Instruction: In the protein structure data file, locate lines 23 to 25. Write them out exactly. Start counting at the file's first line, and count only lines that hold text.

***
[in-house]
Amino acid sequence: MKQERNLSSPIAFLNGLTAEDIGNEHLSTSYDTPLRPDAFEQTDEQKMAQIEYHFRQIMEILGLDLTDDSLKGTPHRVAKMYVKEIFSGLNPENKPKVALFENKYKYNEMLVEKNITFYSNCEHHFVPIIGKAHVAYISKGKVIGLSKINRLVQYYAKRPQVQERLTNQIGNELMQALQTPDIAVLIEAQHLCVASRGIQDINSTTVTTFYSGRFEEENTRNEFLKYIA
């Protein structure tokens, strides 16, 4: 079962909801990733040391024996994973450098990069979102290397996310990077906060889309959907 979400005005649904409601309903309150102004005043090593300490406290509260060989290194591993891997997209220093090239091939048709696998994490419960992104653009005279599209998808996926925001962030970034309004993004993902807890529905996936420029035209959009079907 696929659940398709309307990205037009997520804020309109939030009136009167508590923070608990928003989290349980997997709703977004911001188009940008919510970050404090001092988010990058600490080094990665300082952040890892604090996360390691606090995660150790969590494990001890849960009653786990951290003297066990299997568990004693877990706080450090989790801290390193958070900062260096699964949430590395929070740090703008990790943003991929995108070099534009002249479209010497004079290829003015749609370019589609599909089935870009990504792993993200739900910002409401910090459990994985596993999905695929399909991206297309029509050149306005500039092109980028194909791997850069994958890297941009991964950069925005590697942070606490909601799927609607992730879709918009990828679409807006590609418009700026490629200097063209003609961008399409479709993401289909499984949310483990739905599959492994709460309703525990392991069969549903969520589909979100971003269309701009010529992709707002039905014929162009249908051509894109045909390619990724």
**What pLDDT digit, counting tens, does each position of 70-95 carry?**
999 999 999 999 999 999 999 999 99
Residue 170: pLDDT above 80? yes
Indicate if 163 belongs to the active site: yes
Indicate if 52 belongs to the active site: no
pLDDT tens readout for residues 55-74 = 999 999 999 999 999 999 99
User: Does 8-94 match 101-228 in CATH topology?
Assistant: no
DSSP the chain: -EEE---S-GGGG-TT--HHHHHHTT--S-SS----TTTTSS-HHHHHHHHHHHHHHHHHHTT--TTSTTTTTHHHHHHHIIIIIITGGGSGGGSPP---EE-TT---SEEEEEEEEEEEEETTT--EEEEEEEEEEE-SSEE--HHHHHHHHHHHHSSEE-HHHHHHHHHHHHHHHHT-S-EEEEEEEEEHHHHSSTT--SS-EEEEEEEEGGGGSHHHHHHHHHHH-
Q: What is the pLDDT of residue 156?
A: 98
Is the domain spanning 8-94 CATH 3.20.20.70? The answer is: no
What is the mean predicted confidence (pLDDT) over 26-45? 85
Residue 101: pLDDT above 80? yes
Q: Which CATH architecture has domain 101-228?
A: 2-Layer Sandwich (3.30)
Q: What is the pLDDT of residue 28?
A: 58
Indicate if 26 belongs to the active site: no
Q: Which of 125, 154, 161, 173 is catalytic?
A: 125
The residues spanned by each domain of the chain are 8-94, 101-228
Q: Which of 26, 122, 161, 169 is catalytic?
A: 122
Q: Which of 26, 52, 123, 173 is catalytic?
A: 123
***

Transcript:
Q: Which of 125, 154, 161, 173 is catalytic?
A: 125
The residues spanned by each domain of the chain are 8-94, 101-228